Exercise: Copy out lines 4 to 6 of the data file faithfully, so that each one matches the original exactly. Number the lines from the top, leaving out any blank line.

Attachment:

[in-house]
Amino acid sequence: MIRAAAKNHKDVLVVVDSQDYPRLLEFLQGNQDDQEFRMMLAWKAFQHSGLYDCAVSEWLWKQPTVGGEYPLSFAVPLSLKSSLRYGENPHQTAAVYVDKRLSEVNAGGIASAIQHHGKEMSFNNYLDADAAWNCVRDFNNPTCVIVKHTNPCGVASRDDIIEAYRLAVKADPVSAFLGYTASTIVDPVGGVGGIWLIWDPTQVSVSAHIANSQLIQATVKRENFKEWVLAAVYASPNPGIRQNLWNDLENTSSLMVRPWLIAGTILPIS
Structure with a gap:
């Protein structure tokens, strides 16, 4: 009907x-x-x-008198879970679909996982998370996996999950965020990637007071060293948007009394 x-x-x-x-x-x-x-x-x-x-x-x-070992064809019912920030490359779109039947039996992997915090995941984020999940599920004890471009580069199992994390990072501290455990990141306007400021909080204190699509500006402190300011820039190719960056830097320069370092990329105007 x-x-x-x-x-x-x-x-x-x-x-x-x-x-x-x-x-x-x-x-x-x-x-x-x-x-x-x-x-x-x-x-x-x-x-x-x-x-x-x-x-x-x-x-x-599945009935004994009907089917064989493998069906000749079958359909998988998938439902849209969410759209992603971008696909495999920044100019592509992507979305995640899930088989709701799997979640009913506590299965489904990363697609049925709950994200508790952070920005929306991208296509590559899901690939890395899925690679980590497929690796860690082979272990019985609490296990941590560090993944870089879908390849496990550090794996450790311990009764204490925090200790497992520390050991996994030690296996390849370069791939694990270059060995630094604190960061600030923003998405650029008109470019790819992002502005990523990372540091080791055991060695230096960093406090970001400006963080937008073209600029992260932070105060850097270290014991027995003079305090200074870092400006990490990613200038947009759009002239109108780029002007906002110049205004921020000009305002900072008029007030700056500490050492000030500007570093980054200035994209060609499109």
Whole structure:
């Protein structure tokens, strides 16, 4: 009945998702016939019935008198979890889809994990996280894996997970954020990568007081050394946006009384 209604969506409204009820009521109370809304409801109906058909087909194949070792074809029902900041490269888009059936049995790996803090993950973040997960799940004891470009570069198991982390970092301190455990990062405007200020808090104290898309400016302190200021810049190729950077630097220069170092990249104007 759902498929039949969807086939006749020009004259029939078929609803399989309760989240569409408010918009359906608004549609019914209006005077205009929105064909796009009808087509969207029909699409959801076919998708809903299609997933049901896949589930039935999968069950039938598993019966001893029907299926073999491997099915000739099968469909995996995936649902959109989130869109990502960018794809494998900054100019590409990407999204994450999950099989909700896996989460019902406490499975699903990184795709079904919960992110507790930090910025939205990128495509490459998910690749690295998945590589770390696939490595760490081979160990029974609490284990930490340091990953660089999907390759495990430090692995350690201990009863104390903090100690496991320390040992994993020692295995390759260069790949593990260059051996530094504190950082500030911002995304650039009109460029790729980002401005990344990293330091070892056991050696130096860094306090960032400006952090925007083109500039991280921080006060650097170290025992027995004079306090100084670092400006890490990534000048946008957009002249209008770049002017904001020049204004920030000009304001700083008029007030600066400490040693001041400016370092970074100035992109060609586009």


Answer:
């Protein structure tokens, strides 16, 4: 009907x-x-x-008198879970679909996982998370996996999950965020990637007071060293948007009394 x-x-x-x-x-x-x-x-x-x-x-x-070992064809019912920030490359779109039947039996992997915090995941984020999940599920004890471009580069199992994390990072501290455990990141306007400021909080204190699509500006402190300011820039190719960056830097320069370092990329105007 x-x-x-x-x-x-x-x-x-x-x-x-x-x-x-x-x-x-x-x-x-x-x-x-x-x-x-x-x-x-x-x-x-x-x-x-x-x-x-x-x-x-x-x-x-599945009935004994009907089917064989493998069906000749079958359909998988998938439902849209969410759209992603971008696909495999920044100019592509992507979305995640899930088989709701799997979640009913506590299965489904990363697609049925709950994200508790952070920005929306991208296509590559899901690939890395899925690679980590497929690796860690082979272990019985609490296990941590560090993944870089879908390849496990550090794996450790311990009764204490925090200790497992520390050991996994030690296996390849370069791939694990270059060995630094604190960061600030923003998405650029008109470019790819992002502005990523990372540091080791055991060695230096960093406090970001400006963080937008073209600029992260932070105060850097270290014991027995003079305090200074870092400006990490990613200038947009759009002239109108780029002007906002110049205004921020000009305002900072008029007030700056500490050492000030500007570093980054200035994209060609499109």
Whole structure:
């Protein structure tokens, strides 16, 4: 009945998702016939019935008198979890889809994990996280894996997970954020990568007081050394946006009384 209604969506409204009820009521109370809304409801109906058909087909194949070792074809029902900041490269888009059936049995790996803090993950973040997960799940004891470009570069198991982390970092301190455990990062405007200020808090104290898309400016302190200021810049190729950077630097220069170092990249104007 759902498929039949969807086939006749020009004259029939078929609803399989309760989240569409408010918009359906608004549609019914209006005077205009929105064909796009009808087509969207029909699409959801076919998708809903299609997933049901896949589930039935999968069950039938598993019966001893029907299926073999491997099915000739099968469909995996995936649902959109989130869109990502960018794809494998900054100019590409990407999204994450999950099989909700896996989460019902406490499975699903990184795709079904919960992110507790930090910025939205990128495509490459998910690749690295998945590589770390696939490595760490081979160990029974609490284990930490340091990953660089999907390759495990430090692995350690201990009863104390903090100690496991320390040992994993020692295995390759260069790949593990260059051996530094504190950082500030911002995304650039009109460029790729980002401005990344990293330091070892056991050696130096860094306090960032400006952090925007083109500039991280921080006060650097170290025992027995004079306090100084670092400006890490990534000048946008957009002249209008770049002017904001020049204004920030000009304001700083008029007030600066400490040693001041400016370092970074100035992109060609586009």